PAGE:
In this multi-part article, I will describe the learning and behaving mechanisms of Animal, a chess learning program. Even though I have been working on it for many years, Animal is not yet ready to be released because I am still doing research on its brain. As you can guess, the brain is the tricky part. In this post, I describe the essential philosophy behind Animal's brain mechanism.
Click to EnlargeThe Tree of Knowledge
Animal is a chess learning computer program that uses a spike-driven neural network for learning and behaving. Unlike traditional computer chess programs, Animal does not conduct an extensive search of the game tree. Rather, Animal pretty much learns to play chess the way we do, through trial and error. As it plays, it uses a hierarchical tree of knowledge (TOK) to store various temporal patterns in memory. Each branch of the tree represents a specific pattern and can be recalled (activated) every time the pattern is encountered. The TOK is not just used for storing learned patterns, however. Animal also uses the TOK for making predictions about possible outcomes. This predictive ability is the basis of Animal's intelligence.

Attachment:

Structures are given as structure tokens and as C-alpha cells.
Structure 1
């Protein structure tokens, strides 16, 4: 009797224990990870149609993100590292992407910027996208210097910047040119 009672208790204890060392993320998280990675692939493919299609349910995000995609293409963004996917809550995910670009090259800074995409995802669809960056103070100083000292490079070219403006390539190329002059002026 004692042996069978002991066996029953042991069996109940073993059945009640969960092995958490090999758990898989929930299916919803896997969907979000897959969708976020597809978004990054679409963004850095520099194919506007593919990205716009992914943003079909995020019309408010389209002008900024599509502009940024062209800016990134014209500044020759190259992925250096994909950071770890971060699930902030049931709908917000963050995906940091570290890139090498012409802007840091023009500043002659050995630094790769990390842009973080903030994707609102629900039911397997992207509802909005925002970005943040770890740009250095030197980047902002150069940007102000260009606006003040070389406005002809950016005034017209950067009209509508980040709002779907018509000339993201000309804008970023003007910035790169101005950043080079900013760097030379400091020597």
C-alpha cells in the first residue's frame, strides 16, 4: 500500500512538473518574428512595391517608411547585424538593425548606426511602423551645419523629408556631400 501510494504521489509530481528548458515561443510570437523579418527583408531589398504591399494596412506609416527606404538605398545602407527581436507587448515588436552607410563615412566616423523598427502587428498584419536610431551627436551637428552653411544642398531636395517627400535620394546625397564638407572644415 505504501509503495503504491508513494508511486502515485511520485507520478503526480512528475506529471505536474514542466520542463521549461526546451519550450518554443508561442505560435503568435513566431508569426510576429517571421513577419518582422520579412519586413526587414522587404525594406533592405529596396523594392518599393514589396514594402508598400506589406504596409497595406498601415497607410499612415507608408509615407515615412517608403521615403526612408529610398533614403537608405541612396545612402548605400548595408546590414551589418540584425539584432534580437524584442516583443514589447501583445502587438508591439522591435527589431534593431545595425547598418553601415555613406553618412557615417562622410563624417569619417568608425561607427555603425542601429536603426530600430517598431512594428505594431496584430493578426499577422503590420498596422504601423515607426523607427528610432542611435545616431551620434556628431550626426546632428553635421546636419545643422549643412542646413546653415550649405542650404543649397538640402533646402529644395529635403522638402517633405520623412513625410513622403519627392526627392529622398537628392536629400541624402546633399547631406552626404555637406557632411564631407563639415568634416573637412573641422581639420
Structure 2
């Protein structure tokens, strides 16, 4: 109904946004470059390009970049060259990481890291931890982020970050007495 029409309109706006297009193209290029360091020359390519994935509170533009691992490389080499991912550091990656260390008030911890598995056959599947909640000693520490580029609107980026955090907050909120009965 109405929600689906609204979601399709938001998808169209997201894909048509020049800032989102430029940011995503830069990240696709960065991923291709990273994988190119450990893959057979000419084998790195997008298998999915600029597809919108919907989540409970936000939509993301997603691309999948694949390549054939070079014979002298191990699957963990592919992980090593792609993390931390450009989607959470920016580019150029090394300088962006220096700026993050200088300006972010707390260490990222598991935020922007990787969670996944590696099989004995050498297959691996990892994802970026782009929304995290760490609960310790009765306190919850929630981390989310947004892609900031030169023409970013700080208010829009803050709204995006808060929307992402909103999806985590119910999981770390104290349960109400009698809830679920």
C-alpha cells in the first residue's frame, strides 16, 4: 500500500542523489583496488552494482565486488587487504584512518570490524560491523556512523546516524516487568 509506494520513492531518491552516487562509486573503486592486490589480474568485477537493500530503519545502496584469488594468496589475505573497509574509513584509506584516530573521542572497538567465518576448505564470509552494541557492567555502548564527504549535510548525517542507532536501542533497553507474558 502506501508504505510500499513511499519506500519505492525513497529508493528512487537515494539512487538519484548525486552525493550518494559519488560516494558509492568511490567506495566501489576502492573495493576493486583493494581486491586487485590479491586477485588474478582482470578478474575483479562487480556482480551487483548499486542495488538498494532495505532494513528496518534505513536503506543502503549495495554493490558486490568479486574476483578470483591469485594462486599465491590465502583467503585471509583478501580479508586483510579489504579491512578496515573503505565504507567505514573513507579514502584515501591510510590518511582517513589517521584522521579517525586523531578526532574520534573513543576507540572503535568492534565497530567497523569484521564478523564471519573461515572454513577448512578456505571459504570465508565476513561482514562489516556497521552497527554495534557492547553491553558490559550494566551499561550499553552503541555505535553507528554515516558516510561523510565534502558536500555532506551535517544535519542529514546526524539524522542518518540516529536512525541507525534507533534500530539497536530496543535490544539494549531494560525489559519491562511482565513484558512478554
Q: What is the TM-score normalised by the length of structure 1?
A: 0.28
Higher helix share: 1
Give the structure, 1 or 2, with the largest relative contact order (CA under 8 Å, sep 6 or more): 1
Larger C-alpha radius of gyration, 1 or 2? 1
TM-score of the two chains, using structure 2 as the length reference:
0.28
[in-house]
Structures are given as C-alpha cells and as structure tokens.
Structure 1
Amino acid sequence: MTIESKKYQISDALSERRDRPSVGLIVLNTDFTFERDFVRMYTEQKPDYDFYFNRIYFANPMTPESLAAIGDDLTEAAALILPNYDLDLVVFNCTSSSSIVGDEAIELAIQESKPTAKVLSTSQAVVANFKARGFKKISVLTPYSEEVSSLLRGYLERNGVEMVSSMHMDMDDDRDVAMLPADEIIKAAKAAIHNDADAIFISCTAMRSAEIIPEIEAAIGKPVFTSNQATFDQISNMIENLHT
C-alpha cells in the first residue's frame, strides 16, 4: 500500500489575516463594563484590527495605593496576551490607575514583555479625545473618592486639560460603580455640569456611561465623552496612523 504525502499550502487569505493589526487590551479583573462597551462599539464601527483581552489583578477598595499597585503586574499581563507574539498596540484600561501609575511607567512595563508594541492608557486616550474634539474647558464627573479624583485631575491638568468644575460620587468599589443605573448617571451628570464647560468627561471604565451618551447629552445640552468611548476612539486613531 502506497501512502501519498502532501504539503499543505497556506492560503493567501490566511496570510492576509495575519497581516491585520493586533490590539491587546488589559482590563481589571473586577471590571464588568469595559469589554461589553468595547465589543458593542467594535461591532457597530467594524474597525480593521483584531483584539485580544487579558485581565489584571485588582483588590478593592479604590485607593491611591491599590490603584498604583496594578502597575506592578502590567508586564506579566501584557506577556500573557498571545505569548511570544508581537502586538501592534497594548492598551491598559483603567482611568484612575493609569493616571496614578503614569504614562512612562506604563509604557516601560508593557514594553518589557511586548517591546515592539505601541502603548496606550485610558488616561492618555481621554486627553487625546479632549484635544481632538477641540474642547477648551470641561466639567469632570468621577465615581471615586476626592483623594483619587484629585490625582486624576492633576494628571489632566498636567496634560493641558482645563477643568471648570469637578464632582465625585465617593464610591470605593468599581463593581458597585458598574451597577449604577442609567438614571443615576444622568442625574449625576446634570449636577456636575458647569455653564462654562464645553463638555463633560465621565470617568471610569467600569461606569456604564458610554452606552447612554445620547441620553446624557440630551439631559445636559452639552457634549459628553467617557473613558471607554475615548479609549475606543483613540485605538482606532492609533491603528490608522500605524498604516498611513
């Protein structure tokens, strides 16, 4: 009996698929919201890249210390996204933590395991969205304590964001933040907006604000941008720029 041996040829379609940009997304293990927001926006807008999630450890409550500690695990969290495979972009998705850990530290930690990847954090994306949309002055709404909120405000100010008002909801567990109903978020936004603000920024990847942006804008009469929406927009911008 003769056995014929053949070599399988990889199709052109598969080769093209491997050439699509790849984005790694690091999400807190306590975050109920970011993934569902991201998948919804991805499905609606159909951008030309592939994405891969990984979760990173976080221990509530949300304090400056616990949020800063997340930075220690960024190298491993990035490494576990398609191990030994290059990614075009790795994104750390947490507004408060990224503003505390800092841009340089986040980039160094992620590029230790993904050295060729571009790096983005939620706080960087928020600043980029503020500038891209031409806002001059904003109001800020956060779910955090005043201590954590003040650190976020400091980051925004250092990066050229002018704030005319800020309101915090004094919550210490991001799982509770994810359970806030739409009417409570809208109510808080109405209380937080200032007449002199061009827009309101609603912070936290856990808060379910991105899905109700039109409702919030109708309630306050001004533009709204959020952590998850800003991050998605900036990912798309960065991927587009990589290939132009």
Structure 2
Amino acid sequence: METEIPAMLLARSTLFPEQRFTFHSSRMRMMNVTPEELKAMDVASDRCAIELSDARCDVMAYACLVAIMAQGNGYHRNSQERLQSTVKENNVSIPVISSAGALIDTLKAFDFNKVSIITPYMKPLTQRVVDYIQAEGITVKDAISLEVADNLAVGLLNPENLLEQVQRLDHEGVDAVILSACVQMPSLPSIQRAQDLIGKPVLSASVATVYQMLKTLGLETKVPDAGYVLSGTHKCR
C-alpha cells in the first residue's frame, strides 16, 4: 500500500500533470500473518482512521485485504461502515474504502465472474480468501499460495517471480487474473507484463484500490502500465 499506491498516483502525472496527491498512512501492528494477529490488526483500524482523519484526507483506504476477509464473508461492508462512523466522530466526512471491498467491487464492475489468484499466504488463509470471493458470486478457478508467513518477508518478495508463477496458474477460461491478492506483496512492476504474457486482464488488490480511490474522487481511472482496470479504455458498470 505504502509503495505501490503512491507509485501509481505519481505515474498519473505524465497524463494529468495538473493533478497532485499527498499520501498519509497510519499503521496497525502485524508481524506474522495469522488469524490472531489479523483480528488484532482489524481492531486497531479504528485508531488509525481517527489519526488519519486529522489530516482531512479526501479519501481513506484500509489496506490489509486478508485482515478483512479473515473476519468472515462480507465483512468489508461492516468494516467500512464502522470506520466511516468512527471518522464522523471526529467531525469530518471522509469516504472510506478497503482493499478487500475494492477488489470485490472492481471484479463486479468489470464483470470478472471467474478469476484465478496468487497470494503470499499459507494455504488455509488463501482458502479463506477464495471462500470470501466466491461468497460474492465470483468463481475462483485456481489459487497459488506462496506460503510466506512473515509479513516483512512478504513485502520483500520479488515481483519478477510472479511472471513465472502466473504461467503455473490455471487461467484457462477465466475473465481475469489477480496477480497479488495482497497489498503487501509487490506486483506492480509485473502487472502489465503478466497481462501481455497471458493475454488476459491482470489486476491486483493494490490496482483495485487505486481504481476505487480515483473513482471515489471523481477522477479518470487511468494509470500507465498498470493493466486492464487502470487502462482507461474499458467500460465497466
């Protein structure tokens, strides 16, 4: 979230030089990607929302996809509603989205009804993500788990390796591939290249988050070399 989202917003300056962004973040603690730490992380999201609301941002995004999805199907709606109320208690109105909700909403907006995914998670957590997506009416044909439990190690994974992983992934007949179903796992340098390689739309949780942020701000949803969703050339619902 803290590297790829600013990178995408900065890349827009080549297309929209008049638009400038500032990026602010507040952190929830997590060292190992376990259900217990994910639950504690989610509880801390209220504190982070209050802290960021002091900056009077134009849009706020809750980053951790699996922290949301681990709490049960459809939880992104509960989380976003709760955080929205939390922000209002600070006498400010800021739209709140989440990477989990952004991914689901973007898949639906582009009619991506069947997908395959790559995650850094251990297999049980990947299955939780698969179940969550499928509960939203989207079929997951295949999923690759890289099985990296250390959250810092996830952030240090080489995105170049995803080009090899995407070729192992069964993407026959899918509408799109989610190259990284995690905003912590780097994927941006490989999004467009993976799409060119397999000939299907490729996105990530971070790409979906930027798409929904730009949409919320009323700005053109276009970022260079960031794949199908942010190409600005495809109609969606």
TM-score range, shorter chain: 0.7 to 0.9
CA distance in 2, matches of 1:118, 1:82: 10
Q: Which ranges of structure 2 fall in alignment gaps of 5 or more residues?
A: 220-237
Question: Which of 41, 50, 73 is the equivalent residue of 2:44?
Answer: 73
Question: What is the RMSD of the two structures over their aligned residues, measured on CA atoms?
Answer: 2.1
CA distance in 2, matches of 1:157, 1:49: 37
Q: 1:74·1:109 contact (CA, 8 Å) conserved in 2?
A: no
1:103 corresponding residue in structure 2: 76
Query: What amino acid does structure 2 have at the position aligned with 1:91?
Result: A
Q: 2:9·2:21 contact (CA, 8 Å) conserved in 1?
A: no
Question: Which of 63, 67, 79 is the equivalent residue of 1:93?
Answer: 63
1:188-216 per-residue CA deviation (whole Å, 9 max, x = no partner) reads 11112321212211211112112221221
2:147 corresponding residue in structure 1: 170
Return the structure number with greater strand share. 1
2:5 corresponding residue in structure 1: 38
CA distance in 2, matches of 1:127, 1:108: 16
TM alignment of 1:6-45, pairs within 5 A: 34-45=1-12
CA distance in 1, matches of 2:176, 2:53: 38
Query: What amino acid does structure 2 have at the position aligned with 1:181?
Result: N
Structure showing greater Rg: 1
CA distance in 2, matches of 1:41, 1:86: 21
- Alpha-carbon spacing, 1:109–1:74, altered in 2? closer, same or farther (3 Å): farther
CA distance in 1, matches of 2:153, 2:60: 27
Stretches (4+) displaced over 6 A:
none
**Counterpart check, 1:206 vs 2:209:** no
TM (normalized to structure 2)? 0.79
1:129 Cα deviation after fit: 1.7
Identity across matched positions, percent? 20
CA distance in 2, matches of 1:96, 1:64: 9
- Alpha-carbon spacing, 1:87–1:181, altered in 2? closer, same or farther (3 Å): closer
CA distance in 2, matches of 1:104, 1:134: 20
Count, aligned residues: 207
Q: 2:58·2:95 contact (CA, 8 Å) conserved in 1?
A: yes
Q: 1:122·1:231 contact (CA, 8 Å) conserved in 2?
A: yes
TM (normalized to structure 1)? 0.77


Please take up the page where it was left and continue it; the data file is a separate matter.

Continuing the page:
In Animal's universe, an event is a phenomenon or a change in some sensed property. Animal's learning mechanism is strictly driven by change. Animal's sensors, for example, do not detect that there is a particular chess piece at a particular square position on the board. Rather, they detect whether or not a chess piece has moved from/to a particular position. Upon detecting an event, a sensor will generate a signal or spike. A spike is a temporary marker that alerts a receiving processor (spiking neuron) in Animal's brain (spiking neural network) that an event just occurred. Animal uses many sensors that generate a constant stream of spikes.
One of the most surprising aspects of Animal's brain is that the provenance of a spike is completely irrelevant to the learning mechanism. That is to say, whether a spike was caused by the motion of a pawn or a bishop is unimportant. The temporal relationships between the spikes are all that is required for learning. In fact, Animal's learning mechanism does not care about chess, tic-tac-toe, or any other environment. Animal needs only to be presented with a stream of sensory events to discover the temporal patterns and learn to recognize them.
Animal uses both sensors and effectors to interact with its environment. As with sensors, Animal's brain does not care about the destination of its motor signals. It uses whatever effectors it is given. This universality is what gives Animal's learning mechanism its power. Once the brain is perfected, it can be used in any type of situation where intelligence is required. Just plug in an appropriate set of sensors and effectors and watch it learn and behave intelligently.
In Part II, I will go over sensors and the temporal learning mechanism in greater detail.
The Brain: Universal Invariant Recognition